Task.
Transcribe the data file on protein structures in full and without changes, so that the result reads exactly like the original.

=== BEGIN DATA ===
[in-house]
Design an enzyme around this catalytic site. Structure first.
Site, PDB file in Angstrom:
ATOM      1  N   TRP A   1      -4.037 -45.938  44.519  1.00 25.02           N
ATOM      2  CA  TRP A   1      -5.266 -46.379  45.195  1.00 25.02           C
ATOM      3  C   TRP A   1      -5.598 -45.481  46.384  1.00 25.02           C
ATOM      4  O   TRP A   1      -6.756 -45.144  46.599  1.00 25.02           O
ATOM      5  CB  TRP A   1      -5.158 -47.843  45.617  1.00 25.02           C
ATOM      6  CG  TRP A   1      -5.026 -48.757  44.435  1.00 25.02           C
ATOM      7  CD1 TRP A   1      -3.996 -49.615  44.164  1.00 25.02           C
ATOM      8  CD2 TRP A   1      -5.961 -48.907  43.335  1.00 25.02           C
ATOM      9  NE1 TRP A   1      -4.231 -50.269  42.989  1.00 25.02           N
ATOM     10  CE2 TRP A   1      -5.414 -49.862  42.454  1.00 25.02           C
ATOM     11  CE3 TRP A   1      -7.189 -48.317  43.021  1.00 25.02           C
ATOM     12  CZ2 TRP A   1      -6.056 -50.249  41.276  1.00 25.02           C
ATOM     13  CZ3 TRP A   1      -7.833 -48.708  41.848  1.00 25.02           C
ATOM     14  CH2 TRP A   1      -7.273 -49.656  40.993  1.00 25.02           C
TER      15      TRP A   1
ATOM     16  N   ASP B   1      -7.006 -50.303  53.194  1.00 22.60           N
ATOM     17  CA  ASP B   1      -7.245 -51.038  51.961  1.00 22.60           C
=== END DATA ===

[in-house]
Design an enzyme around this catalytic site. Structure first.
Site, PDB file in Angstrom:
ATOM      1  N   TRP A   1      -4.037 -45.938  44.519  1.00 25.02           N
ATOM      2  CA  TRP A   1      -5.266 -46.379  45.195  1.00 25.02           C
ATOM      3  C   TRP A   1      -5.598 -45.481  46.384  1.00 25.02           C
ATOM      4  O   TRP A   1      -6.756 -45.144  46.599  1.00 25.02           O
ATOM      5  CB  TRP A   1      -5.158 -47.843  45.617  1.00 25.02           C
ATOM      6  CG  TRP A   1      -5.026 -48.757  44.435  1.00 25.02           C
ATOM      7  CD1 TRP A   1      -3.996 -49.615  44.164  1.00 25.02           C
ATOM      8  CD2 TRP A   1      -5.961 -48.907  43.335  1.00 25.02           C
ATOM      9  NE1 TRP A   1      -4.231 -50.269  42.989  1.00 25.02           N
ATOM     10  CE2 TRP A   1      -5.414 -49.862  42.454  1.00 25.02           C
ATOM     11  CE3 TRP A   1      -7.189 -48.317  43.021  1.00 25.02           C
ATOM     12  CZ2 TRP A   1      -6.056 -50.249  41.276  1.00 25.02           C
ATOM     13  CZ3 TRP A   1      -7.833 -48.708  41.848  1.00 25.02           C
ATOM     14  CH2 TRP A   1      -7.273 -49.656  40.993  1.00 25.02           C
TER      15      TRP A   1
ATOM     16  N   ASP B   1      -7.006 -50.303  53.194  1.00 22.60           N
ATOM     17  CA  ASP B   1      -7.245 -51.038  51.961  1.00 22.60           C